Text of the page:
Justin: I take perhaps spot on, that sounds – it’s (unintelligible).
Kirsten: Nice. So, thinking about the idea of epigenetics more, do you think that there are, in the growth rates, I mean, can you imagine or postulate any places where epigenetics might be impacting your shrinking sheep that that might, the climate change effects might be leading, through epigenetics somehow to this change?
Tim: It’s entirely possible. What we have already – all we’ve been already to say so far is that we have seen that the decline in both in growth rates and so our statistical analysis of that declining growth rate, we’ve found that we’ve been able to explain a reasonable amount of variation with, climatic drivers and what have you.
You know what, pinning to – and this appears to be driven primarily to the shortening winters and more individual surviving there maybe – as I said before, there maybe all sorts of all the factors out there that we haven’t measured and some of them could well be epigenetic factors. Some of them maybe purely environmental…
Kirsten: Mm hmm.
Tim: …as well. And, I’m not going to speculate on what other processes might be operating, it could be – as we discussed that, it could be changes in the levels of plant secondary compounds. The, potentially many of the factors that one could try and bring in here. Certainly whatever the processes that’s going on, it does appear to be driven or whatever the mechanisms are that have lead to, the changes we have observed. It does appear to be the case.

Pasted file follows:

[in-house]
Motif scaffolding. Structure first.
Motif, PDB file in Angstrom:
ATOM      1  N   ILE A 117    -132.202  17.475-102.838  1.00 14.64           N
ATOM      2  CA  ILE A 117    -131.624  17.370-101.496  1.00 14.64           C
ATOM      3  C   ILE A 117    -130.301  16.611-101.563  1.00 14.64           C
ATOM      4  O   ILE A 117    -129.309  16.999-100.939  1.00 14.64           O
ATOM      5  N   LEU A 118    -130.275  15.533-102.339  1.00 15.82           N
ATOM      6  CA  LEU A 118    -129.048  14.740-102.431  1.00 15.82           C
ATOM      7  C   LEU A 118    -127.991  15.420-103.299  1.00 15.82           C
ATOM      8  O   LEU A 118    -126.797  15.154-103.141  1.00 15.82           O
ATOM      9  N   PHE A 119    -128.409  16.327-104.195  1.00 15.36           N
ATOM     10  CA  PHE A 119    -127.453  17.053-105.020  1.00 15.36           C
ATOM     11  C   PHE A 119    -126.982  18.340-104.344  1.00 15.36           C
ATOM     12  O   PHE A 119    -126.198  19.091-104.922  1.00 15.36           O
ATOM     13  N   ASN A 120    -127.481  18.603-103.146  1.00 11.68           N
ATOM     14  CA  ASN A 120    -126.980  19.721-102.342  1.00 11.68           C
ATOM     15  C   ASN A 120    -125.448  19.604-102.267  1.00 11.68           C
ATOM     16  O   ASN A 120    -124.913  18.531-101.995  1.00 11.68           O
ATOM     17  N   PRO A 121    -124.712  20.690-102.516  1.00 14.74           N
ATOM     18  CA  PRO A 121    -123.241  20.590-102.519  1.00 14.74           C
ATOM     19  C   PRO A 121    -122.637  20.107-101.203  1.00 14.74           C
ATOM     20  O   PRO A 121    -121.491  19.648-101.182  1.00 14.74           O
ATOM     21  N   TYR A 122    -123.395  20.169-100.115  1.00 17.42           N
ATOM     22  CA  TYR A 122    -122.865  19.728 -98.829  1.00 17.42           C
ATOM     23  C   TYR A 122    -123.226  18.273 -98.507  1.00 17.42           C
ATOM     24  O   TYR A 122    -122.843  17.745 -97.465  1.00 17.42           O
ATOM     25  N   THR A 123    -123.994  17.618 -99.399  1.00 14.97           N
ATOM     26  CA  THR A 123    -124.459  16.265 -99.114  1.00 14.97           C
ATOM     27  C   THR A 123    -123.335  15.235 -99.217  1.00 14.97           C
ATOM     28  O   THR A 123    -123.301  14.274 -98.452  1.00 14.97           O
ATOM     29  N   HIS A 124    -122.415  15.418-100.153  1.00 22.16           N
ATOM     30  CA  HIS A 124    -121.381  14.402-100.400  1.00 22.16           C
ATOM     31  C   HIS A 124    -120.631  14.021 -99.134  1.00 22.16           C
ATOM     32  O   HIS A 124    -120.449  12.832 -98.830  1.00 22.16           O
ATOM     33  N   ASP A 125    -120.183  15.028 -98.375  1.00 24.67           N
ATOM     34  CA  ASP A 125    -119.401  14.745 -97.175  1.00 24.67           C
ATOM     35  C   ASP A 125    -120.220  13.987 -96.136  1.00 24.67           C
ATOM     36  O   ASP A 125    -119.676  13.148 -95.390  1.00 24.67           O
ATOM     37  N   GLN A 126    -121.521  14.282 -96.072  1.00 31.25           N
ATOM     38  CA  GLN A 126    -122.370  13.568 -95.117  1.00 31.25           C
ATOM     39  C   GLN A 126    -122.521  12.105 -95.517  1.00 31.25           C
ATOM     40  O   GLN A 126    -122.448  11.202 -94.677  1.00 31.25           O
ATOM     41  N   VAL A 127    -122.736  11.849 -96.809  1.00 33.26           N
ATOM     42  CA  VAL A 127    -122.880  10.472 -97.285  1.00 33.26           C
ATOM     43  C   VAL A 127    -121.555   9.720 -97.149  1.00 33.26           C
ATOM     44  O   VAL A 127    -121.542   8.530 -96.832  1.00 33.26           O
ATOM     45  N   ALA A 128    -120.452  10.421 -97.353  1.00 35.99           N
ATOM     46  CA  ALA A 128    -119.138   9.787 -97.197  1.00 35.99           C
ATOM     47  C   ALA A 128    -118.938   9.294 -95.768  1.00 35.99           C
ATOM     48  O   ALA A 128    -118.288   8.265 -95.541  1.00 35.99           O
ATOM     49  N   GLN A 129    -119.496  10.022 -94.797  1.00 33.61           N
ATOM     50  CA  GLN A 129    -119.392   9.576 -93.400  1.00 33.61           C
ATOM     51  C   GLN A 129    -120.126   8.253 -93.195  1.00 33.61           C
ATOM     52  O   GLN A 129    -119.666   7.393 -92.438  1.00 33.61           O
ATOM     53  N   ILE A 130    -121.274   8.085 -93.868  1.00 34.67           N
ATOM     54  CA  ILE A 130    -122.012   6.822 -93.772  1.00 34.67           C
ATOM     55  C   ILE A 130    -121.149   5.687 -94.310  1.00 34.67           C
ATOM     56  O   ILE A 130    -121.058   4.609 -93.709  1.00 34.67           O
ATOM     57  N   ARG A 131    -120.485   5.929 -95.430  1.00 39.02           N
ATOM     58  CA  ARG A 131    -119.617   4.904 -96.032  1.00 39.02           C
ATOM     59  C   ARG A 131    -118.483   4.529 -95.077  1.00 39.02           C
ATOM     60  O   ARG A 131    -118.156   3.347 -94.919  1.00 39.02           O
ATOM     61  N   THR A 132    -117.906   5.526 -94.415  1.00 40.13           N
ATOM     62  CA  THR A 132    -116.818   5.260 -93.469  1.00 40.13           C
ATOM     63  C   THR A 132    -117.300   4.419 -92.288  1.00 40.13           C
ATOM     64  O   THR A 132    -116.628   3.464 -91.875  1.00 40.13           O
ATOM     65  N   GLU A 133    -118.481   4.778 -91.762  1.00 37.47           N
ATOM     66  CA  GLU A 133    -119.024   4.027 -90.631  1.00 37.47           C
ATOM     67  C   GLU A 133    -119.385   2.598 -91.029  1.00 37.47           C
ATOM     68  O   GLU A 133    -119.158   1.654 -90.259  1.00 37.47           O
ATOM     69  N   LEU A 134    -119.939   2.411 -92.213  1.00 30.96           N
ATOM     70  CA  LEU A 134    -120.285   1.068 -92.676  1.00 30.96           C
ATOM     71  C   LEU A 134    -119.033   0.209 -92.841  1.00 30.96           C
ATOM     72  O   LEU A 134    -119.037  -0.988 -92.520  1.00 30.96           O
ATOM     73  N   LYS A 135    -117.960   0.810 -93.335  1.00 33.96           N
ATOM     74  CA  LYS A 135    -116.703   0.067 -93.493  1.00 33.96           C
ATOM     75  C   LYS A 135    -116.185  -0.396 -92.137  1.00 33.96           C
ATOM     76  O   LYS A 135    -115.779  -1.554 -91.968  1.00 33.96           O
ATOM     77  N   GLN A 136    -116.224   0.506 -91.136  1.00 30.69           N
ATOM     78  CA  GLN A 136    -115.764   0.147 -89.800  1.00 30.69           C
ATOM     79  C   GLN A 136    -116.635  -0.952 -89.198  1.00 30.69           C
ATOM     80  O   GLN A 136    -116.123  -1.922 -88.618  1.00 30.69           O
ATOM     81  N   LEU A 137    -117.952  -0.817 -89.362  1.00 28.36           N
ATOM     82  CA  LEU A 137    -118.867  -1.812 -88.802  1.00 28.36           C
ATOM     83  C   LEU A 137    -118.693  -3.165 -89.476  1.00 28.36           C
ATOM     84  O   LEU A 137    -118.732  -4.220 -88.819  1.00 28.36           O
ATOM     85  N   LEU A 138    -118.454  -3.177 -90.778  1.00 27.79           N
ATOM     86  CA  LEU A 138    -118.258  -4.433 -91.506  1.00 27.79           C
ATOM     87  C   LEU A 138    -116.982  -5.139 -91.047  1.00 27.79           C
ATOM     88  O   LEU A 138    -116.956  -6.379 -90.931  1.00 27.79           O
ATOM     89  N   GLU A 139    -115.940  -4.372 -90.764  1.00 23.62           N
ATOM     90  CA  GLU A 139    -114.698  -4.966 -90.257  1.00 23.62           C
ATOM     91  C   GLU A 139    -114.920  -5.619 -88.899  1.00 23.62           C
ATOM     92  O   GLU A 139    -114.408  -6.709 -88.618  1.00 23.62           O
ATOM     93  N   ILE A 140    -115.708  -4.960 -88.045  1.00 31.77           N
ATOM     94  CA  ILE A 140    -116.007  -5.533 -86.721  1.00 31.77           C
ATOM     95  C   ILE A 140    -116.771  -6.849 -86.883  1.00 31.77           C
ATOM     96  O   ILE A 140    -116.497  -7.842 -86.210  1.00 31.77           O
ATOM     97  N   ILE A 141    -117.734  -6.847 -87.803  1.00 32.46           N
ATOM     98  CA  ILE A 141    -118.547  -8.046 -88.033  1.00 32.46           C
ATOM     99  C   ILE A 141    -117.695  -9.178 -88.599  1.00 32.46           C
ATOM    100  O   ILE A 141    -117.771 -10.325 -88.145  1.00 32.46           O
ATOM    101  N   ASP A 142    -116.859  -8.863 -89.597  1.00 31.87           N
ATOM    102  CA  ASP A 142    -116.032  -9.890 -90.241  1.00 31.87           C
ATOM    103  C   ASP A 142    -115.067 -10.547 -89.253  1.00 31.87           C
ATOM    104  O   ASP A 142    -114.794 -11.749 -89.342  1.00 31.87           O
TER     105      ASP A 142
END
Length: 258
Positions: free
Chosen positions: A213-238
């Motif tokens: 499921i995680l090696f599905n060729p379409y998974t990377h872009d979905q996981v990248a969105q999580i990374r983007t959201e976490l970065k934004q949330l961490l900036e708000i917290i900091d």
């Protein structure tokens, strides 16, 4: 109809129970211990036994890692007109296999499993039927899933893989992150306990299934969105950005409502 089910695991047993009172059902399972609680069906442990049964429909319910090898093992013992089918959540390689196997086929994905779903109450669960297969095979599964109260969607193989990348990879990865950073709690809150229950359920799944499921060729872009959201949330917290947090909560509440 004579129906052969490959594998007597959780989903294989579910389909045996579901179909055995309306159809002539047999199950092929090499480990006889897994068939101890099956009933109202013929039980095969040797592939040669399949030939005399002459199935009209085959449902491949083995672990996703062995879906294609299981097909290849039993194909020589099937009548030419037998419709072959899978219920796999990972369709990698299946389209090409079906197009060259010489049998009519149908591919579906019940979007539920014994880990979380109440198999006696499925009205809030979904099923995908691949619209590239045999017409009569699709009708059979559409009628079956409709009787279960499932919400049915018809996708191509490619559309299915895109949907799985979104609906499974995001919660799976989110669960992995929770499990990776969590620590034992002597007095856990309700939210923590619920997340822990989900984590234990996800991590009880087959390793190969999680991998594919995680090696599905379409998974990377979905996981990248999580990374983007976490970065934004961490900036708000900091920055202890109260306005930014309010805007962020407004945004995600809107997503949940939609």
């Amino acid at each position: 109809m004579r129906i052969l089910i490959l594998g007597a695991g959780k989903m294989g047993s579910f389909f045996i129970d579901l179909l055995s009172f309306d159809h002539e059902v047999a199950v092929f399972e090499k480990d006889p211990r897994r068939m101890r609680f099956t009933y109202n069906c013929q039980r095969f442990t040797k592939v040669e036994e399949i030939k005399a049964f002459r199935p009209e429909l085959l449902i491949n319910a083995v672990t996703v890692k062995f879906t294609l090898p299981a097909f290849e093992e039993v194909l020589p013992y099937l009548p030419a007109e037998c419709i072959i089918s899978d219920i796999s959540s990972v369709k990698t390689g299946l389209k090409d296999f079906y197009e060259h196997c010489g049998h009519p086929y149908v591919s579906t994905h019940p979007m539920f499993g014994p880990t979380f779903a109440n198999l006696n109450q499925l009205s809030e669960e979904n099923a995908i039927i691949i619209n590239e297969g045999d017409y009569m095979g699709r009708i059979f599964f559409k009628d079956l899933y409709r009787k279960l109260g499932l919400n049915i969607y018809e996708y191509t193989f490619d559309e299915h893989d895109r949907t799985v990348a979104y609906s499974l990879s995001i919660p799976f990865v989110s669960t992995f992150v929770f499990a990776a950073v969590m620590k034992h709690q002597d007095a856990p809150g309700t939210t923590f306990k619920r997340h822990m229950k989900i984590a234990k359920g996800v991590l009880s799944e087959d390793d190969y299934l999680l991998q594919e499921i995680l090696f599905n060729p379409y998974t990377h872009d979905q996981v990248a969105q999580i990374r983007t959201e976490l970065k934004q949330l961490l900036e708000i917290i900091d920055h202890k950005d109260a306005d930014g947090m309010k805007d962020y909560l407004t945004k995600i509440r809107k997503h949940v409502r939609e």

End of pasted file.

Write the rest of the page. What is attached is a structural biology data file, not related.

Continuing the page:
And, this is what we, I’m happy to state that it does appear to be the case that it is the changing climate that’s causing changes in the growth rates and the fact that smaller sheep are now surviving better than they used to exactly what the mechanism is that’s causing that we haven’t been able to pin down but hopefully in the future, we’re be able to pick up there.
Justin: And then, hopefully, we can recreate the effect in people because if there was just smaller people everywhere, again, we’d have more resources to go around.
Tim: But then we might end up with even more people, other than that, as you asked me before about the food per sheep…
Tim: …and I say, in fact the food per kilogram per sheep is — are remained about constant. The problem of course, that we have got is we’re just using more and more and getting bigger and bigger. Well, that’s what I hear they’ve got in California any way.
Justin: Oh, my goodness. All we need is – no, all we need is one earthquake, and it’s like a reset button. It’s like…
Kirsten: I know.
Tim: I’m not (unintelligible) on that one.
Justin: No, no. The freeways are full of people like getting out – getting the heck out of this, what on Earth moves, really, it’s like that. I heard about it, I thought it was a myth.
Kirsten: Back to the Midwest.
Justin: Back to the Midwestern, back to the East Coast, they go.
Kirsten: We’re getting towards the end of our show. This has been so fabulous. I guess, one final question from the perspective of a population biologist, a life scientist, studying evolutionary processes.